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Five questions CACI data can answer for residential house builders

Tuesday 3 October 2017 Data Insight & AnalyticsDemographic DataProperty Development

Dan Parr's picture
By Dan Parr
Successful home building depends on selling – or letting – properties quickly to unlock capital and provide a rapid return on your investment. That’s a lot easier if you can match each development to a clear, existing need in the local area.
Often, that relies on judgement from experienced professionals, who develop a “sixth sense” about which sites will work, and how best to use them. But with increasing competition and development land at a premium, it’s good practice to reinforce those ideas with data.
Our new e-magazine for residential house builders showcases our new dataset that can help you to identify the most likely home movers, where they are, and what they need. 
We’ve identified five questions the data can answer for a home builder – and in doing so, stack the odds of success firmly in your favour.


According to census data, roughly 6-7 million people move house each year. But these people aren’t evenly spread across the country – using CACI data, house builders can identify people who are more likely to move than others, and anticipate future demand.
We analysed the ISER’s Understanding Society study, and identified key demographic markers that movers have in common. Then we compared this to our own Ocean database of 48 million UK adults, to find the part of the population who are statistically most likely to move house in the future. 
Once you have this information, it’s easy to find locations with a high proportion of likely movers, and focus your efforts where there could soon be a shortage of housing stock. 
It’ll come as no surprise that London has the biggest market of potential movers with 1.1 million, but when ranked by proportion, it comes only tenth. Bristol has the highest proportion of movers at 23.9%.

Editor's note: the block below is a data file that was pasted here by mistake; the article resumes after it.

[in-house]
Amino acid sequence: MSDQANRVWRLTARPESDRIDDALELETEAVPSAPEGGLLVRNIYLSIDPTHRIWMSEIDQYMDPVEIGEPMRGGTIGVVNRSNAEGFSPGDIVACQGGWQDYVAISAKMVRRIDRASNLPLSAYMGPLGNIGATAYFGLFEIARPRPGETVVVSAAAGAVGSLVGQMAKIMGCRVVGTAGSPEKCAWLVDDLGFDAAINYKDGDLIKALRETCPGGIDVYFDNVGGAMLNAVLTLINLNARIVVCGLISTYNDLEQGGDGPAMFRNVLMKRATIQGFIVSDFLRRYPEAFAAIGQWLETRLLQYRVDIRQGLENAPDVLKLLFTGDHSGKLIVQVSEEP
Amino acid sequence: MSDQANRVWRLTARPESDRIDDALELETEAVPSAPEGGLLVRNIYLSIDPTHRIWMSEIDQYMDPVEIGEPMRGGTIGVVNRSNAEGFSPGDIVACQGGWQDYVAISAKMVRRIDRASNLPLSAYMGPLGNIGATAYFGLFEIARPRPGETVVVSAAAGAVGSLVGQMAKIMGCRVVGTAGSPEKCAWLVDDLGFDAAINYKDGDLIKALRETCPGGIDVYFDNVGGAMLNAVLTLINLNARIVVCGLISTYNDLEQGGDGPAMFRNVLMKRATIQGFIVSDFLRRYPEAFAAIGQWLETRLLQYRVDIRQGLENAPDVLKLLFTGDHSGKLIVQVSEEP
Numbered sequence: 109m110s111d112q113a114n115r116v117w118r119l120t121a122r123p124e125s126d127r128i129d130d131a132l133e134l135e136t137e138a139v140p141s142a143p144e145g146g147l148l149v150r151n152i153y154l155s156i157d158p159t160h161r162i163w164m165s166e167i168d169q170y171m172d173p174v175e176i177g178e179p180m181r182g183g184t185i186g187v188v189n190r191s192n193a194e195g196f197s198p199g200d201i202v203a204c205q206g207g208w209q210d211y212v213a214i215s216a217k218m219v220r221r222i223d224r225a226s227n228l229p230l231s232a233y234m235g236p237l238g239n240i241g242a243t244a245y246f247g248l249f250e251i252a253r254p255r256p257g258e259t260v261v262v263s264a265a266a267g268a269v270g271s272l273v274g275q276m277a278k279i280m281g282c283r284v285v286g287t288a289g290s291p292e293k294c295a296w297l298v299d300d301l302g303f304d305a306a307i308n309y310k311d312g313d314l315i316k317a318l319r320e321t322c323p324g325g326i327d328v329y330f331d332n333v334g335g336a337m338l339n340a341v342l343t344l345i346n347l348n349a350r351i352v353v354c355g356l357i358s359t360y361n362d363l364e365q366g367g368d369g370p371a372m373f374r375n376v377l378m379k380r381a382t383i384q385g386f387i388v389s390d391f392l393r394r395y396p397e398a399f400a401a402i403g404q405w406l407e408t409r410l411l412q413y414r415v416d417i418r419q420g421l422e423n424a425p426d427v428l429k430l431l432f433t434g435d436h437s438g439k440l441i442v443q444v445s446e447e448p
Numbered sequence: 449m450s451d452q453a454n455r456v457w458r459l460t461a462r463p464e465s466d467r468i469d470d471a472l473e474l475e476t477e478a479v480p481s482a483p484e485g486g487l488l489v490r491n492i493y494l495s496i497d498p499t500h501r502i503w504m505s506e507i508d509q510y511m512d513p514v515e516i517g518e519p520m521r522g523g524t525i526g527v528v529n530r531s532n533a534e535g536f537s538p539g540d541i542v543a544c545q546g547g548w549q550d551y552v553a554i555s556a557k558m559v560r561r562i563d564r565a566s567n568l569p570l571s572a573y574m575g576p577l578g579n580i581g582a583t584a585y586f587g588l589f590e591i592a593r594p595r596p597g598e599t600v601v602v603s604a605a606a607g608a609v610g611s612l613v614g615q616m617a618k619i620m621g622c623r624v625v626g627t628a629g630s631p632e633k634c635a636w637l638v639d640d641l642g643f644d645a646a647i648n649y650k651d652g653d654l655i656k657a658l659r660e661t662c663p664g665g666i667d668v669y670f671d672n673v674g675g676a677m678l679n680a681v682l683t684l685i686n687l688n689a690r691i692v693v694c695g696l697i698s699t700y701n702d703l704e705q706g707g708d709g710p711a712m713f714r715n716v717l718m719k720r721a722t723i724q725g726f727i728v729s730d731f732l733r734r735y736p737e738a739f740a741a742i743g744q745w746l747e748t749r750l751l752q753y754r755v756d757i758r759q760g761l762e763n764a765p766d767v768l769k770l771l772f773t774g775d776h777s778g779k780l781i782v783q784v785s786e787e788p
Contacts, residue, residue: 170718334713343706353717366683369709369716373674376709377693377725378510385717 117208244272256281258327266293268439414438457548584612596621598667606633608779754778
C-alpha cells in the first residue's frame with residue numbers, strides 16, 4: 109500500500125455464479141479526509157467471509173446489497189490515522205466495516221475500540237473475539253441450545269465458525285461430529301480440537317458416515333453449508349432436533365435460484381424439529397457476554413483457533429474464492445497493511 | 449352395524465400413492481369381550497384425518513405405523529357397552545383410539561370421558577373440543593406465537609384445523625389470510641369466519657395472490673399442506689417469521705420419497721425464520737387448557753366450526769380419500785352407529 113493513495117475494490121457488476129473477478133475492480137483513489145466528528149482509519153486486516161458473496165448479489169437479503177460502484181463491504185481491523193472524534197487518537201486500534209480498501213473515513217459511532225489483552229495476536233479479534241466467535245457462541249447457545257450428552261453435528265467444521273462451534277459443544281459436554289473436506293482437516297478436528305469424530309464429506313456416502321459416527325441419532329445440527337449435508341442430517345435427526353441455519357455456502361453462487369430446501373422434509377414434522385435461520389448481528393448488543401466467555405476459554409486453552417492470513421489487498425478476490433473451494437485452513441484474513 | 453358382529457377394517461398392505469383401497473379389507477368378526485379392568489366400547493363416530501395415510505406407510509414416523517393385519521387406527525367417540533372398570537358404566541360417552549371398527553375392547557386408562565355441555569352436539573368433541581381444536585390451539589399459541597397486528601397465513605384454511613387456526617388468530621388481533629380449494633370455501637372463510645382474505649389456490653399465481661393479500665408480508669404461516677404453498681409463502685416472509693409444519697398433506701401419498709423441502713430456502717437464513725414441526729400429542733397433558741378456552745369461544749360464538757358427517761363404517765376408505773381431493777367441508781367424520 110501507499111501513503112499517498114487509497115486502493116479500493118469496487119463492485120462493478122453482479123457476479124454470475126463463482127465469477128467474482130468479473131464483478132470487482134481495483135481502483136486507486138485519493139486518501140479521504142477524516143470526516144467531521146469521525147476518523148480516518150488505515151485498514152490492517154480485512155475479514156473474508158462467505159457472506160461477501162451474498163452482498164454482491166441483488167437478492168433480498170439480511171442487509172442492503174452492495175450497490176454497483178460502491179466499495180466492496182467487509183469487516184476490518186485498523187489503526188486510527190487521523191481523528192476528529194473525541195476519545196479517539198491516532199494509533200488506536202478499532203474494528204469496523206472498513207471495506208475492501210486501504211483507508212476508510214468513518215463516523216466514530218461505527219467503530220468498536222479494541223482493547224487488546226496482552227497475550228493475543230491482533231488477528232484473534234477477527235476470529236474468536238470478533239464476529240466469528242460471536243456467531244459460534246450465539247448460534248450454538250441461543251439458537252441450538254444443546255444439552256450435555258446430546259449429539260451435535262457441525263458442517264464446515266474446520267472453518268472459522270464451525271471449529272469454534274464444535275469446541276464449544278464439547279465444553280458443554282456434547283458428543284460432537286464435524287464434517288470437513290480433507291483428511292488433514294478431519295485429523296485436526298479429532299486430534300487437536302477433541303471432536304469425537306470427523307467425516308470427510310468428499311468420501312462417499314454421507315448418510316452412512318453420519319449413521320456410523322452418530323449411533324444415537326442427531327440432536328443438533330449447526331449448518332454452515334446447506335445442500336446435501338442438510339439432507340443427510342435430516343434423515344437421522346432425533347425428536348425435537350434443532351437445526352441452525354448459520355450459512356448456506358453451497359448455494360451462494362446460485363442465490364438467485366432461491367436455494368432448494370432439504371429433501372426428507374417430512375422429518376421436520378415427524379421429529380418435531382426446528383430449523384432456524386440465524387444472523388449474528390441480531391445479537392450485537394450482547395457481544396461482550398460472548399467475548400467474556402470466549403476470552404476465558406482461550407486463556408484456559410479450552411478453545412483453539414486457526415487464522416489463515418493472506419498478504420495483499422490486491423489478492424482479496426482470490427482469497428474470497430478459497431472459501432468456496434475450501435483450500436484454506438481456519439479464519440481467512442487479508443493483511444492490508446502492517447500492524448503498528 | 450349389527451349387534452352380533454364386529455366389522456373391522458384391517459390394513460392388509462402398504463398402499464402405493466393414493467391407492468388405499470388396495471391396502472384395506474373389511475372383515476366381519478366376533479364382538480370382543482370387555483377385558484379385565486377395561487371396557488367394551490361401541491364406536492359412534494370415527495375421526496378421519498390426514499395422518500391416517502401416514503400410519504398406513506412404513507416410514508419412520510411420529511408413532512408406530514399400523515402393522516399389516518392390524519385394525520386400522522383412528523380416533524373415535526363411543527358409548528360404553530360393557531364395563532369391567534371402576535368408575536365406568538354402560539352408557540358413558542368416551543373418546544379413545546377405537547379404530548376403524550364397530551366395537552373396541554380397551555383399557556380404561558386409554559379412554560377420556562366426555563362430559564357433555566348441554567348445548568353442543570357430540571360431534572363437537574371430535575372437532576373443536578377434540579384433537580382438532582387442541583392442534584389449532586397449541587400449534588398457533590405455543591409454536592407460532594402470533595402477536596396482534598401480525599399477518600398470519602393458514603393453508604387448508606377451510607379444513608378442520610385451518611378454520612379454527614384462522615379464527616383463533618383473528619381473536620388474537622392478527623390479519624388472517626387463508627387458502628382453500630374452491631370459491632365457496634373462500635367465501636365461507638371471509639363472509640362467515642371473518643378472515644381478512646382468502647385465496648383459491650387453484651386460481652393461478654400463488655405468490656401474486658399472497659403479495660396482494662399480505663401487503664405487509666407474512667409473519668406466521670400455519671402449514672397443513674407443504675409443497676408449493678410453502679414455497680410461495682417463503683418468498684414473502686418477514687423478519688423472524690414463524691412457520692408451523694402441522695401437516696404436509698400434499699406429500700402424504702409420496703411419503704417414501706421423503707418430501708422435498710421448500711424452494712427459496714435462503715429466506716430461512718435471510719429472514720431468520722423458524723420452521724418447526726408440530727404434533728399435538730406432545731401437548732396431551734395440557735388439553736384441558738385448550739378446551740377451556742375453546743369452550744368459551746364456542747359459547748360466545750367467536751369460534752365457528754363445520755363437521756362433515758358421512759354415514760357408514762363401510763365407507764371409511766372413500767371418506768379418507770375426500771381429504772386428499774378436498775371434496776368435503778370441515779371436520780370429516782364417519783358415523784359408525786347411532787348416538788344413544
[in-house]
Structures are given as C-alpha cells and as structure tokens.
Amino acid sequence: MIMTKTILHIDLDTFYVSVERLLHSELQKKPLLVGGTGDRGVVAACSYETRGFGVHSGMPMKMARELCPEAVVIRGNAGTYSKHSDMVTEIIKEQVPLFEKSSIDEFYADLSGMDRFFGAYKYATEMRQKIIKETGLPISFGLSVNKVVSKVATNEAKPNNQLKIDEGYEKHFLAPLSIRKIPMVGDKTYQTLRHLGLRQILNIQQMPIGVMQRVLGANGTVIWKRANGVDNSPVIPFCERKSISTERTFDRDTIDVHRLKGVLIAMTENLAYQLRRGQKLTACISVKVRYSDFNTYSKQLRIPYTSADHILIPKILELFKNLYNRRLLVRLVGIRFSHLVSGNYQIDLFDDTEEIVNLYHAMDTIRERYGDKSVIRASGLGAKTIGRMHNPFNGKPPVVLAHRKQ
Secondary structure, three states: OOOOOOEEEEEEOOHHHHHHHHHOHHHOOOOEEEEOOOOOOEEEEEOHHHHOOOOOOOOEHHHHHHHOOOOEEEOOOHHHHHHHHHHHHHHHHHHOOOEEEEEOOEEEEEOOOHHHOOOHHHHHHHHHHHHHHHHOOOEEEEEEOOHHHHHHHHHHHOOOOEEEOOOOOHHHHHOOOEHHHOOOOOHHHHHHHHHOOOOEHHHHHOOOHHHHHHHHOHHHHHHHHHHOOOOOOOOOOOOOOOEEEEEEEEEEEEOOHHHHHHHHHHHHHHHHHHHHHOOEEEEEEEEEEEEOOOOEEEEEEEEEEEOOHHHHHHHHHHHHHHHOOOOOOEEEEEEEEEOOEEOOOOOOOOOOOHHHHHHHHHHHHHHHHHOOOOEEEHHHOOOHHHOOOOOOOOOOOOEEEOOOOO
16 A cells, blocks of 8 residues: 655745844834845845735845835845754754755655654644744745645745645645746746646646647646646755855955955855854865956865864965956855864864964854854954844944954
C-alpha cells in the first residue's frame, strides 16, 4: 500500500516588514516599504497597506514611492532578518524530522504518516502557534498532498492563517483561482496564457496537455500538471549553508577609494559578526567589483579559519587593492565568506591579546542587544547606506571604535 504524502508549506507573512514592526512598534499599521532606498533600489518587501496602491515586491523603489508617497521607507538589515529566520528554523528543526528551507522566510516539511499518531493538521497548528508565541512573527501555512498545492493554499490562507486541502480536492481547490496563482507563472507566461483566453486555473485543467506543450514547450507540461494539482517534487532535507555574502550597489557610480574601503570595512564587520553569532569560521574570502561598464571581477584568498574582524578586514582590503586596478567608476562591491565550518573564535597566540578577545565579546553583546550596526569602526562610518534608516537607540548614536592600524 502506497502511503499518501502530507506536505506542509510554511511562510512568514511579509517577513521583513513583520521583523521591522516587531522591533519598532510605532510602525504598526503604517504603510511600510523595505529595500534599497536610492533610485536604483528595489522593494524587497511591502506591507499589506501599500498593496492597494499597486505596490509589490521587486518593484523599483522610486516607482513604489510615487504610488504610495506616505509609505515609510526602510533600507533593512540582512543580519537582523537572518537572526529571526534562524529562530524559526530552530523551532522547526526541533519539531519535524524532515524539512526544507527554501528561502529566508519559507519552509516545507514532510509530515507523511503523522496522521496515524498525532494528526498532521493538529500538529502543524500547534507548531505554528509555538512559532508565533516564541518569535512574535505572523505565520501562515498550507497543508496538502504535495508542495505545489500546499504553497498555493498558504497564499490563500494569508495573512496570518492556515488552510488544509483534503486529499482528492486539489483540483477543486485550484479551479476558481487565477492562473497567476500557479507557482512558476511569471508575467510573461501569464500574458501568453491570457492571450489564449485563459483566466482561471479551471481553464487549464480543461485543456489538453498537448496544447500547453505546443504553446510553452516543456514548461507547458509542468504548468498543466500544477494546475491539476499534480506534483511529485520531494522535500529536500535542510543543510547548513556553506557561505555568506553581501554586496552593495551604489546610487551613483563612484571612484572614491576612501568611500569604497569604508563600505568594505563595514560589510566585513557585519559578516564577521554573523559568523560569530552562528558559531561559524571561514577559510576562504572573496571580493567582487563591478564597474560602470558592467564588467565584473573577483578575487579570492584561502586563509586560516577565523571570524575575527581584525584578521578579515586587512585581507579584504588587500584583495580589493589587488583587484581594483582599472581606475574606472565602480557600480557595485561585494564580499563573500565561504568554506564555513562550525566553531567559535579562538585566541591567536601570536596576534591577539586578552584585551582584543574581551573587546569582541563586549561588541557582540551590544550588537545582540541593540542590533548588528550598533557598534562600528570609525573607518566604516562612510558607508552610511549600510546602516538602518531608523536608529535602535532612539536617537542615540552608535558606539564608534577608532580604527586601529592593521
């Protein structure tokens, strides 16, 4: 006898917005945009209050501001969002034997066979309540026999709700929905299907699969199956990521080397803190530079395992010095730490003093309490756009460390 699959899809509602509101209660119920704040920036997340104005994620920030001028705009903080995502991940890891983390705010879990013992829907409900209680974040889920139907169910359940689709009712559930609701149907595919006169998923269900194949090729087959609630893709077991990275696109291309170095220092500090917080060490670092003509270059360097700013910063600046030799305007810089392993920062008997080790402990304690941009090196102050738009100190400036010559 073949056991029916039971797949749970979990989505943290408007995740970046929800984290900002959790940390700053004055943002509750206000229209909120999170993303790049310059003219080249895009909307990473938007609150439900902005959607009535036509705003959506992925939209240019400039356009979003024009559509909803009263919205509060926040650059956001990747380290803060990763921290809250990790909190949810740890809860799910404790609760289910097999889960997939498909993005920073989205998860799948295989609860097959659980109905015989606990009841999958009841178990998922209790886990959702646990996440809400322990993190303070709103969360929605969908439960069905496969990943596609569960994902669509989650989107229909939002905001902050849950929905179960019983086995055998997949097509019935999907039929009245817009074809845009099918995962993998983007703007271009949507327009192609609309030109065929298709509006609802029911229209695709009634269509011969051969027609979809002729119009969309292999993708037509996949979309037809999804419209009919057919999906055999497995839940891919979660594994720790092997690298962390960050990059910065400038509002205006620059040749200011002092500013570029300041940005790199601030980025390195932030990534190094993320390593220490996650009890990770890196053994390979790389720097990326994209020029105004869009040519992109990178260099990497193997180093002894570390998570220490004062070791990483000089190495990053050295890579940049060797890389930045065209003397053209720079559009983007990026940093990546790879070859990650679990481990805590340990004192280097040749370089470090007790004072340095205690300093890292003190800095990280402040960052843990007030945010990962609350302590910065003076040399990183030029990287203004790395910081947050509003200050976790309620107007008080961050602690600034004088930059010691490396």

But meeting demand depends on more than location; you also need to build appropriate homes for the people who are moving. So we matched the most likely movers with our Acorn segmentation tool, to identify which of 18 demographic groups are most likely to move in the near future. This can give you key information on their income, lifestyle, wants and needs.
But people don’t stay in one demographic segment for their whole lives. If your housing development takes 18 months from acquisition to disposal, the character and needs of the local population is likely to have changed. So using our data to understand your likely buyer’s life story and predicting who’s going to move into your target group is key to unlocking maximum value. 
Residential House Building Graphic


It may sound obvious, but movers’ requirements in a home vary greatly by both region and lifestyle. Data analysed by different Acorn groups can tell us a lot about the type of housing, tenure, features and local facilities movers are looking for. 

For instance, the “City Sophisticates” group may have an above-average income, but are three times more likely than average to cycle to work every day, so may need bike storage. “Executive Wealth” living out of town will likely own two or more cars. 
Acorn Category


The average house price is 7.4 times the average household income – around double what most mortgage companies will lend. 33% of the UK’s population can’t afford the average house price where they live – that’s over 21 million people. But the proportion changes dramatically by location. 
Examining the relationship between average incomes and house prices allows you to identify the best places to build your next project – as well as determining your strategy over tenure and price point, and likely affordable housing requirements.
Residential House Building Graphic


But income and house price are only part of the picture when it comes to affordability. With many lenders requiring a 10% deposit, savings play a key role – and the cost of living in an area is also important to site selection and pricing strategy, both to the homebuying and rental market. Thankfully, CACI also produce this data.
Take London for example. A 10% deposit on the average house would set you back £64,039 – and while the average household income is high, so are outgoings. The average Londoner has just 36% of their income left after essential outgoings have been deducted, against a national average of 49%.
Residential House Building Graphic


Data can tell you a lot about an area, and who the best potential market for a development might be. But don’t think it’s all numbers and no intuition – in fact, the two work hand in hand. An experienced housebuilder will be able to read and interpret the data, use it to test and support their ideas, and build a business and investment case backed by hard evidence.
You’ll find further useful details and statistics in our e-magazine; or if you have a particular site or area in mind, please do give us a call here at CACI. We love to talk about data.

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